AP3 Principal Investigator Julia Clarke has been conducting research on fossil birds from Antarctica for more than a decade. Her most notable work to date along these lines was the analysis of a partial skeleton of a new genus and species of Cretaceous bird from Vega Island that she and colleagues named Vegavis iaai in the prestigious scientific journal Nature in 2005. Vegavis is important in being a close relative of today’s ducks and geese, and therefore the only definitive member of any modern bird group that has yet been identified from the Mesozoic Era (the Age of Dinosaurs). All other Mesozoic birds for which evolutionary positions can be confidently established belong to groups that died out at or prior to the Cretaceous–Paleogene extinction event (which also killed off all non-avian dinosaurs such as T. rex and Triceratops).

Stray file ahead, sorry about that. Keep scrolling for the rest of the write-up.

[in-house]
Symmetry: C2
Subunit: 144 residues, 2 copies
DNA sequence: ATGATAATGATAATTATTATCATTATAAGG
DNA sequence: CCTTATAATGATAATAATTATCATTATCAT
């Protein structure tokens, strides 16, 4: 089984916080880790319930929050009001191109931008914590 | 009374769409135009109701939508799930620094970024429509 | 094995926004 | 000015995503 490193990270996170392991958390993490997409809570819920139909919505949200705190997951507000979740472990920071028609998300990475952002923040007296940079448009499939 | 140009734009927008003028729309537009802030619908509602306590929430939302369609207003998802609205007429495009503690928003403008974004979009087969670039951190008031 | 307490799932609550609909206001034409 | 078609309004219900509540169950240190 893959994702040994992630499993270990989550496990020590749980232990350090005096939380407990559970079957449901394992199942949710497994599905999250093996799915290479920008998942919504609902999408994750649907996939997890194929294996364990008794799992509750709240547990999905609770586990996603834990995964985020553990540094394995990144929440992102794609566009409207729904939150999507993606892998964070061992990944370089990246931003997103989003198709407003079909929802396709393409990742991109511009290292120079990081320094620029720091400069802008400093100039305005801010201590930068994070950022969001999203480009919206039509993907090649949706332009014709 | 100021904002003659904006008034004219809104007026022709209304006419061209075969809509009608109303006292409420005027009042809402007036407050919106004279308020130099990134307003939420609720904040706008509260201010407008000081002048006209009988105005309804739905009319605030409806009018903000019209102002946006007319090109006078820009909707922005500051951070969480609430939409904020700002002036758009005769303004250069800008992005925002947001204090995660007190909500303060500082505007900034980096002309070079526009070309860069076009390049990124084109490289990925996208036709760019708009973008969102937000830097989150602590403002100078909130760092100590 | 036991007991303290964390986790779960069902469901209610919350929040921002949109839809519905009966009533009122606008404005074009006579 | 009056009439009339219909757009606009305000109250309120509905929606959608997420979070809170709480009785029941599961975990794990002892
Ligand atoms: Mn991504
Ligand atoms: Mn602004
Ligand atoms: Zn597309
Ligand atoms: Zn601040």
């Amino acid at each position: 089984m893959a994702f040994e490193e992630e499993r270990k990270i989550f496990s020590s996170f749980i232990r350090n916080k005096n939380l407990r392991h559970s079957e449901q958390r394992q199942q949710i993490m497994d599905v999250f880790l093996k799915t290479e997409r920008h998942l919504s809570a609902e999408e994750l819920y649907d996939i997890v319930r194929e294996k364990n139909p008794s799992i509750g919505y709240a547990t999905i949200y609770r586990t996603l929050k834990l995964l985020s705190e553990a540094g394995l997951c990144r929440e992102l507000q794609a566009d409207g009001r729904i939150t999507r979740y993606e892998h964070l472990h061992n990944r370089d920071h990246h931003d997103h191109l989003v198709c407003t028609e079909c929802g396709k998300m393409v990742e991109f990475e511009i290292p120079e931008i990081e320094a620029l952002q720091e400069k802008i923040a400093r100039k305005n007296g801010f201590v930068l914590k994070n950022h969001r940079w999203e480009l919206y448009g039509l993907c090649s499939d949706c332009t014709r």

Subsequent work on CT scans revealed that the Vegavis fossil contains a fossilized syrinx, the vocal organ that birds possess which is analogous to our voice box. This is the only known syrinx fossil from the Age of Dinosaurs, and its morphology shows that Vegavis was able to make sounds much like those of its modern relatives. These results were published in Nature, in 2016.
Julia, Matt Lamanna, Pat O’Connor, and other collaborators are currently studying additional Cretaceous bird remains from Vega Island, including a number of fossils discovered during the AP3’s 2011 expedition.